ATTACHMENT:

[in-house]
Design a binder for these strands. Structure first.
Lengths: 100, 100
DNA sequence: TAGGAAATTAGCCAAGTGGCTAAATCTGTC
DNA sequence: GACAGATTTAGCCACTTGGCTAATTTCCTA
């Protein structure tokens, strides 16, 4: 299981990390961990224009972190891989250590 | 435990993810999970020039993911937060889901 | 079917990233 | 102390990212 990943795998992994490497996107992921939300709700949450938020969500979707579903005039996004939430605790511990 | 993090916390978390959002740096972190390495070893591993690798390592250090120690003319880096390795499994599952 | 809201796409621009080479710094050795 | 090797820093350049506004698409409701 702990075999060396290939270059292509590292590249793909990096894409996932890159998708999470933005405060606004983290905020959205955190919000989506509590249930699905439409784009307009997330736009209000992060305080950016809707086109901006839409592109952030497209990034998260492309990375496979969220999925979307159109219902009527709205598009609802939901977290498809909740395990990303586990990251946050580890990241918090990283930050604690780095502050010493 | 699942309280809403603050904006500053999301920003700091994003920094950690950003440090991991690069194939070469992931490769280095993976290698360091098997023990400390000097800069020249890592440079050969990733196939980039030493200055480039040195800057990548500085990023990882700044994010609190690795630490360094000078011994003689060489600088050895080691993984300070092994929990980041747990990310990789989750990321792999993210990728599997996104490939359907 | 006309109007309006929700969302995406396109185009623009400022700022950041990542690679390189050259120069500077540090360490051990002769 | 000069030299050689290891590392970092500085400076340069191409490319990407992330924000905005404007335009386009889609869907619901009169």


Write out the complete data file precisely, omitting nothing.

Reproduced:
[in-house]
Design a binder for these strands. Structure first.
Lengths: 100, 100
DNA sequence: TAGGAAATTAGCCAAGTGGCTAAATCTGTC
DNA sequence: GACAGATTTAGCCACTTGGCTAATTTCCTA
């Protein structure tokens, strides 16, 4: 299981990390961990224009972190891989250590 | 435990993810999970020039993911937060889901 | 079917990233 | 102390990212 990943795998992994490497996107992921939300709700949450938020969500979707579903005039996004939430605790511990 | 993090916390978390959002740096972190390495070893591993690798390592250090120690003319880096390795499994599952 | 809201796409621009080479710094050795 | 090797820093350049506004698409409701 702990075999060396290939270059292509590292590249793909990096894409996932890159998708999470933005405060606004983290905020959205955190919000989506509590249930699905439409784009307009997330736009209000992060305080950016809707086109901006839409592109952030497209990034998260492309990375496979969220999925979307159109219902009527709205598009609802939901977290498809909740395990990303586990990251946050580890990241918090990283930050604690780095502050010493 | 699942309280809403603050904006500053999301920003700091994003920094950690950003440090991991690069194939070469992931490769280095993976290698360091098997023990400390000097800069020249890592440079050969990733196939980039030493200055480039040195800057990548500085990023990882700044994010609190690795630490360094000078011994003689060489600088050895080691993984300070092994929990980041747990990310990789989750990321792999993210990728599997996104490939359907 | 006309109007309006929700969302995406396109185009623009400022700022950041990542690679390189050259120069500077540090360490051990002769 | 000069030299050689290891590392970092500085400076340069191409490319990407992330924000905005404007335009386009889609869907619901009169």